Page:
Sasol Limited v. MM Energy Consulting cc
Claim Number: FA0901001241959
Complainant is Sasol Limited (“Complainant”), represented by Daniel
Greenberg, of Greenberg Attorneys,
REGISTRAR AND DISPUTED DOMAIN NAMES
The domain names at issue are <sasol.cc> and <sasol.tv>, registered with GoDaddy.com, Inc.
The undersigned certifies that he has acted independently and impartially and to the best of his knowledge has no known conflict in serving as Panelist in this proceeding.
Judge Ralph Yachnin as Panelist.
Complainant submitted a Complaint to
the National Arbitration Forum electronically on
14, 2009, a Notification of Complaint and Commencement of Administrative
Proceeding (the "Commencement Notification"), setting a deadline of
February 3, 2009
by which Respondent could file a response to the Complaint, was transmitted to Respondent via e-mail, post and fax, to all entities and persons listed on Respondent's registration as technical, administrative and billing contacts, and to email@example.com and firstname.lastname@example.org by e-mail.
Having received no response from Respondent, the National Arbitration Forum transmitted to the parties a Notification of Respondent Default.
Having reviewed the communications records, the Administrative Panel (the "Panel") finds that the National Arbitration Forum has discharged its responsibility under Paragraph 2(a) of the Rules for Uniform Domain Name Dispute Resolution Policy (the "Rules") "to employ reasonably available means calculated to achieve actual notice to Respondent." Therefore, the Panel may issue its decision based on the documents submitted and in accordance with the ICANN Policy, ICANN Rules, the National Arbitration Forum's Supplemental Rules and any rules and principles of law that the Panel deems applicable, without the benefit of any response from Respondent.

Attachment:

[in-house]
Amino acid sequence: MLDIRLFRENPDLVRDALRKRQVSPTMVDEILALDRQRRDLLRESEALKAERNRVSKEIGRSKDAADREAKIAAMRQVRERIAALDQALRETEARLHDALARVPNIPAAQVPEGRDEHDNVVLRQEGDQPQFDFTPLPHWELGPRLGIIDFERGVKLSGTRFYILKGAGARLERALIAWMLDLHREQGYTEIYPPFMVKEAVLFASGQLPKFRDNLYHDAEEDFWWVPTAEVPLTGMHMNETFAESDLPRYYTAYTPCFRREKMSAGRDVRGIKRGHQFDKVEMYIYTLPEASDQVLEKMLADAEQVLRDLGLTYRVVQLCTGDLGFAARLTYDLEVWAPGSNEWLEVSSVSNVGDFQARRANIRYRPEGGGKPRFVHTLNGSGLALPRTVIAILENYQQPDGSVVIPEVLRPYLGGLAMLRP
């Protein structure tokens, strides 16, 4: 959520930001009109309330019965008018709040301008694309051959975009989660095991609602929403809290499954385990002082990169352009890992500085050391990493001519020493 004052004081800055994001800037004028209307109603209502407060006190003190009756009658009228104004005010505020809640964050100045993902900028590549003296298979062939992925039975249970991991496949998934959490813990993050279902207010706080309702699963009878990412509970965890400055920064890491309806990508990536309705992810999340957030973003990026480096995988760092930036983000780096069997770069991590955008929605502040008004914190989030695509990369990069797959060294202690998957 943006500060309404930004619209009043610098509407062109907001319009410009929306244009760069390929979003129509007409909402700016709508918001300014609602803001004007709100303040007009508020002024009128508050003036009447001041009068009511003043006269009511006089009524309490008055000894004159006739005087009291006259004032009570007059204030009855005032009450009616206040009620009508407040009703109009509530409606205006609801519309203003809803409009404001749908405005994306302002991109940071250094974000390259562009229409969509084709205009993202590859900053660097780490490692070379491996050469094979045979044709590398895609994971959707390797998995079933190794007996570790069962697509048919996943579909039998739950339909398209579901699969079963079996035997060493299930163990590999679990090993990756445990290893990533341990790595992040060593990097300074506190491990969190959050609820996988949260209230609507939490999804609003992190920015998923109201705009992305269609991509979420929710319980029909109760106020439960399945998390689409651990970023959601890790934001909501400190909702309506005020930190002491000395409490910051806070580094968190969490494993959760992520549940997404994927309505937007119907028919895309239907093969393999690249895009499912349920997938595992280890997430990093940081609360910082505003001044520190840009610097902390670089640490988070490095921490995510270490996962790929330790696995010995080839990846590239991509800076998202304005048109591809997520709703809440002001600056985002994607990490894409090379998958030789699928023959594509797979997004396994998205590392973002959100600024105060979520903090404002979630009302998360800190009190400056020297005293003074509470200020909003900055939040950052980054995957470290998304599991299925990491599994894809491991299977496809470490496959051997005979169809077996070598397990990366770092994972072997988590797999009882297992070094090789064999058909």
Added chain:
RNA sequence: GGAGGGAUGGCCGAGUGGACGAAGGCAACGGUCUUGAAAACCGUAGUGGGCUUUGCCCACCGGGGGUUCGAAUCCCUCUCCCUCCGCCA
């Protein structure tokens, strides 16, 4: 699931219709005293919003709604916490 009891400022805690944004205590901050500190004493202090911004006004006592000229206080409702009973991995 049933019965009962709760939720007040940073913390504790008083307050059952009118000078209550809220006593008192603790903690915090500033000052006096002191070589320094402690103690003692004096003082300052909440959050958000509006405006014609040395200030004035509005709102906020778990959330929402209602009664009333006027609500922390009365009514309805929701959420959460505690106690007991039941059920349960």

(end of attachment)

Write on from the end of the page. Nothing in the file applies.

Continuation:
Complainant requests that the domain names be transferred from Respondent to Complainant.
A. Complainant makes the following assertions:
1. Respondent’s <sasol.cc> and <sasol.tv> domain names are identical to Complainant’s SASOL mark.
2. Respondent does not have any rights or legitimate interests in the <sasol.cc> and <sasol.tv> domain names.
3. Respondent registered and used the <sasol.cc> and <sasol.tv> domain names in bad faith.
B. Respondent failed to submit a Response in this proceeding.
Complainant, Sasol Limited, is “an international petroleum,
chemical, mining and technology company” with operations around the world. Complainant owns a number of trademark
registrations in various countries for its SASOL mark, including a registration
with the United States Patent and Trademark Office (“USPTO”) (i.e. Reg. No.
Respondent registered the disputed domain names on